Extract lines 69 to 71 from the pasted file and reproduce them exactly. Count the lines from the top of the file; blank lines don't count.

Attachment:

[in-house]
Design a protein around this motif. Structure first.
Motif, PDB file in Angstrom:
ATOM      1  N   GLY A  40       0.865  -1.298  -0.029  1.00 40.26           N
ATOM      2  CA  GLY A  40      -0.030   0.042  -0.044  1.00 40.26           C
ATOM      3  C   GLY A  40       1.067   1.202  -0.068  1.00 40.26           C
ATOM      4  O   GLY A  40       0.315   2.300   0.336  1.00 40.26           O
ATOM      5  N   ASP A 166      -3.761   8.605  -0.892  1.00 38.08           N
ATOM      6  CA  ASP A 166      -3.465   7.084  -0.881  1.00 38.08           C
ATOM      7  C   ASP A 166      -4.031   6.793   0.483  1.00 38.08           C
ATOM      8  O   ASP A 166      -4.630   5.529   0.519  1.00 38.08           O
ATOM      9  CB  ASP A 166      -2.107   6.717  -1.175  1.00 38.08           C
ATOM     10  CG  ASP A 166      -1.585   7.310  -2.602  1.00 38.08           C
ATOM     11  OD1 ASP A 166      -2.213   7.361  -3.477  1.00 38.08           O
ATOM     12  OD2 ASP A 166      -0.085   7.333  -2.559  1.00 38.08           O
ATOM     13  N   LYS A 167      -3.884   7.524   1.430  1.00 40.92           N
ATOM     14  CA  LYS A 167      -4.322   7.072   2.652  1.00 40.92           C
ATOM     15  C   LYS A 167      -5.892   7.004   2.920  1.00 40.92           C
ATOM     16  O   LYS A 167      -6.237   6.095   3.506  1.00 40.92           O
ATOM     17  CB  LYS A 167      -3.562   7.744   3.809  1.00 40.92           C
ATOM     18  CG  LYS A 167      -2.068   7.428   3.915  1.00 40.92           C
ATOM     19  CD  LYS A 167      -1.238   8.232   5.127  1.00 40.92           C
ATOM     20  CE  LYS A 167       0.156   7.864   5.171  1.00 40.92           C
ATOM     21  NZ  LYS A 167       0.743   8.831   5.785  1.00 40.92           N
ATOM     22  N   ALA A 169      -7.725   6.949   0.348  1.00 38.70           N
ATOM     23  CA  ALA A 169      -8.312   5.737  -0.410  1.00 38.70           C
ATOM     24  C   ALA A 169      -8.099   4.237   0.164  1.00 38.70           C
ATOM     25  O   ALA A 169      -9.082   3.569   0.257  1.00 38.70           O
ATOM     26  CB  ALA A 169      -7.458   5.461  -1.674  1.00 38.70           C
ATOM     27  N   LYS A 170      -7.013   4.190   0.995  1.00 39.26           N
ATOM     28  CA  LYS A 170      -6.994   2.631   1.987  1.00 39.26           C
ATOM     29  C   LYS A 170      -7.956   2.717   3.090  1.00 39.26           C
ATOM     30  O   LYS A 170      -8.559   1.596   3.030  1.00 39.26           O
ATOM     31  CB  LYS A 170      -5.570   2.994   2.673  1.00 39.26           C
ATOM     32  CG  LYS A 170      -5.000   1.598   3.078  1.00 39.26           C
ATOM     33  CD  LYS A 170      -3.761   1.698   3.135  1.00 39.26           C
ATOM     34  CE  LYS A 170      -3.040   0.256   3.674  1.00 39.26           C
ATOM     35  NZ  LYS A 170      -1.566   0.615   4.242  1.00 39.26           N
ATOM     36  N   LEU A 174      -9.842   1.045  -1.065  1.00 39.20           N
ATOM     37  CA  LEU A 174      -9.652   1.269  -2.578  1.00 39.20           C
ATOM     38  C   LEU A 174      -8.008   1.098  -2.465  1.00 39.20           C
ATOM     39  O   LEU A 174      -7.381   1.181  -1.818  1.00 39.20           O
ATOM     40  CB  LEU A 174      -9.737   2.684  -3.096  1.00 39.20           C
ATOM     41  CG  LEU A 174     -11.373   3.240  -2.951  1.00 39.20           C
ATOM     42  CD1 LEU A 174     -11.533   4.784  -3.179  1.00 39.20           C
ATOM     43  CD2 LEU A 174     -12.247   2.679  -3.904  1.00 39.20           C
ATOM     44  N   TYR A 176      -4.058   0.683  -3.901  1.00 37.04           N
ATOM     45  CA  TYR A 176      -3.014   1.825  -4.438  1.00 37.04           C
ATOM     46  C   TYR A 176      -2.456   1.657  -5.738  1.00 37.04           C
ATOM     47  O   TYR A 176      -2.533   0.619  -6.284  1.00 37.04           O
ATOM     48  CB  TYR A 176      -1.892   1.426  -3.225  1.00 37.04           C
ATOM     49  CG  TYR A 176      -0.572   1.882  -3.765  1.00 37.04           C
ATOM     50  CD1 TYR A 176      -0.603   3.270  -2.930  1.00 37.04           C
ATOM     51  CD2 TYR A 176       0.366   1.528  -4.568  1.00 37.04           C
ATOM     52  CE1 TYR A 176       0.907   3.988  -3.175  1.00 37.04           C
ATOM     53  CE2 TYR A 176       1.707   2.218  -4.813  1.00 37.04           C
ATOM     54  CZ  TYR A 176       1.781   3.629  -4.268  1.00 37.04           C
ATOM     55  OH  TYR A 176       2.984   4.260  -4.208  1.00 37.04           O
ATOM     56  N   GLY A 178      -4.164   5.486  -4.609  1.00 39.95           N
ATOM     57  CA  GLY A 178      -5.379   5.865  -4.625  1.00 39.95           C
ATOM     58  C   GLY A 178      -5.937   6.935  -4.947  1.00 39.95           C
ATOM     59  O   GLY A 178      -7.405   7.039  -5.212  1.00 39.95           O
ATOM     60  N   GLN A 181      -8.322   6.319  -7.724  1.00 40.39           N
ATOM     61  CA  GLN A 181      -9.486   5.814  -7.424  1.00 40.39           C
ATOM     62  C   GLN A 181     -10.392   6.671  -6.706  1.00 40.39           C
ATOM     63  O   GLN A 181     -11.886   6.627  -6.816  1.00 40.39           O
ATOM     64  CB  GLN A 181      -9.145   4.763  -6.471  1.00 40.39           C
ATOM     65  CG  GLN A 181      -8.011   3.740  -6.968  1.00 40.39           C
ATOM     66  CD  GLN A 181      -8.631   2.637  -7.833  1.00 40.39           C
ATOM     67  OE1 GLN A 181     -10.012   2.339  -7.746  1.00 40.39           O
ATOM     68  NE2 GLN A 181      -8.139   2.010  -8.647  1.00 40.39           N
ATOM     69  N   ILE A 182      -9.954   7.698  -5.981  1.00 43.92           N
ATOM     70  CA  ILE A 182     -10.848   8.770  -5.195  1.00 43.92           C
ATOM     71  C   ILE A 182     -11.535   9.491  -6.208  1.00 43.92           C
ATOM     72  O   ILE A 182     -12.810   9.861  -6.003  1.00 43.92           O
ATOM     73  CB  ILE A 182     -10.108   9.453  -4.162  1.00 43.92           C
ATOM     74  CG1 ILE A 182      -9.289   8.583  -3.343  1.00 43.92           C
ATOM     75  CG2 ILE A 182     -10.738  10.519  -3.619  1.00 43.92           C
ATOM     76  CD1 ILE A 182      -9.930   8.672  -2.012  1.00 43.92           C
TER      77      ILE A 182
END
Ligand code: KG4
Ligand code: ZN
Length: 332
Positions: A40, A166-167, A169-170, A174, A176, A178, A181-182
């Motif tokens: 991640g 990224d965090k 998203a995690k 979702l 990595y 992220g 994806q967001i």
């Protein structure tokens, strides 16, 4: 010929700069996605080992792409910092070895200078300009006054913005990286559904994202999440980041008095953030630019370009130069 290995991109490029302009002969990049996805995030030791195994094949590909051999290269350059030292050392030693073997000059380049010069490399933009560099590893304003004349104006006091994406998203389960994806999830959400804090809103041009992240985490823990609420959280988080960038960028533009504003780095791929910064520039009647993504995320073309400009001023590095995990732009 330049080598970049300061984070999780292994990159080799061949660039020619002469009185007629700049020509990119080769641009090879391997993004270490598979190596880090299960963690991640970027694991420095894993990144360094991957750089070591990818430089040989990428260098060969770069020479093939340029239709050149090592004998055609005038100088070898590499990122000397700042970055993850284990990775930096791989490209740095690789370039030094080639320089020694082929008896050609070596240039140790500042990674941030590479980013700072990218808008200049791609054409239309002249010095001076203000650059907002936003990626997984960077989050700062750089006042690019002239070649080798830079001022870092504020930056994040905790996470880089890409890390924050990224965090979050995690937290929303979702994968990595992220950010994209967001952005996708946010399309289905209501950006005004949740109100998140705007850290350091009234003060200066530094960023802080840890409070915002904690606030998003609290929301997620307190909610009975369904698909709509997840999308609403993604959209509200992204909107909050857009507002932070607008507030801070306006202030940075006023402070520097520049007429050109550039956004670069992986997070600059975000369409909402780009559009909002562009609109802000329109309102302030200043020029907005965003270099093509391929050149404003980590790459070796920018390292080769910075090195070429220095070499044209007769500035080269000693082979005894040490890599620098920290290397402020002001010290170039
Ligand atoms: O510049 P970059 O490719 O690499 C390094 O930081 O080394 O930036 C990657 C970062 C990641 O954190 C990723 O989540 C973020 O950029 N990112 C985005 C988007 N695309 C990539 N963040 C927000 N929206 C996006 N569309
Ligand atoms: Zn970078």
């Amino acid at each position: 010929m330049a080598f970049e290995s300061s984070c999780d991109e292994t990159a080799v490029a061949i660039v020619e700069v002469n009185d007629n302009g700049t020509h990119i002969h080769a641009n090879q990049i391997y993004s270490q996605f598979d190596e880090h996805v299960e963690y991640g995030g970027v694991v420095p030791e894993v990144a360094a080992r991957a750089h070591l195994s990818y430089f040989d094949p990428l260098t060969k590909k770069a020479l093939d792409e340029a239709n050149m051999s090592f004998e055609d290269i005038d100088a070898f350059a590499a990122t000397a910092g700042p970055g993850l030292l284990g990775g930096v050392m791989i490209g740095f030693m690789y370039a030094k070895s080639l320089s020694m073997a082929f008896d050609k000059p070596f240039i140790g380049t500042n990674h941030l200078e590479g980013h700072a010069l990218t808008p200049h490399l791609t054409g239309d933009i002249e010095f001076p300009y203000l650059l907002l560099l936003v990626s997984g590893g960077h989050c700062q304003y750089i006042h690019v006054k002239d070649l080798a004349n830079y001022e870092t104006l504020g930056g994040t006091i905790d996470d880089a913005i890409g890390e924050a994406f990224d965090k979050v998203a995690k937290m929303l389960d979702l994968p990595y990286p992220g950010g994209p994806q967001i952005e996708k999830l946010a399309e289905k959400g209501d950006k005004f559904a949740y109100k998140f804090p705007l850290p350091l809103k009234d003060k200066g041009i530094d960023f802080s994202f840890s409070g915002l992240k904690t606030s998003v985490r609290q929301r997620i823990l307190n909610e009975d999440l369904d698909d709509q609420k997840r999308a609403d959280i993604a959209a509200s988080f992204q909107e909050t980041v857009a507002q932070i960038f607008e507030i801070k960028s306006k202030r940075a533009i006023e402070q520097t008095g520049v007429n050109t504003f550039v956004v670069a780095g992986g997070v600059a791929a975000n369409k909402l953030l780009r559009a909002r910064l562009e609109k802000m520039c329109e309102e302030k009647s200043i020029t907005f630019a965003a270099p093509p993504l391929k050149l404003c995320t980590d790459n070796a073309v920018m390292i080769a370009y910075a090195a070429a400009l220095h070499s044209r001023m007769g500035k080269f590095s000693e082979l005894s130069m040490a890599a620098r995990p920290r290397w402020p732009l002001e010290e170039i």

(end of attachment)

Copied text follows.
ATOM     66  CD  GLN A 181      -8.631   2.637  -7.833  1.00 40.39           C
ATOM     67  OE1 GLN A 181     -10.012   2.339  -7.746  1.00 40.39           O
ATOM     68  NE2 GLN A 181      -8.139   2.010  -8.647  1.00 40.39           N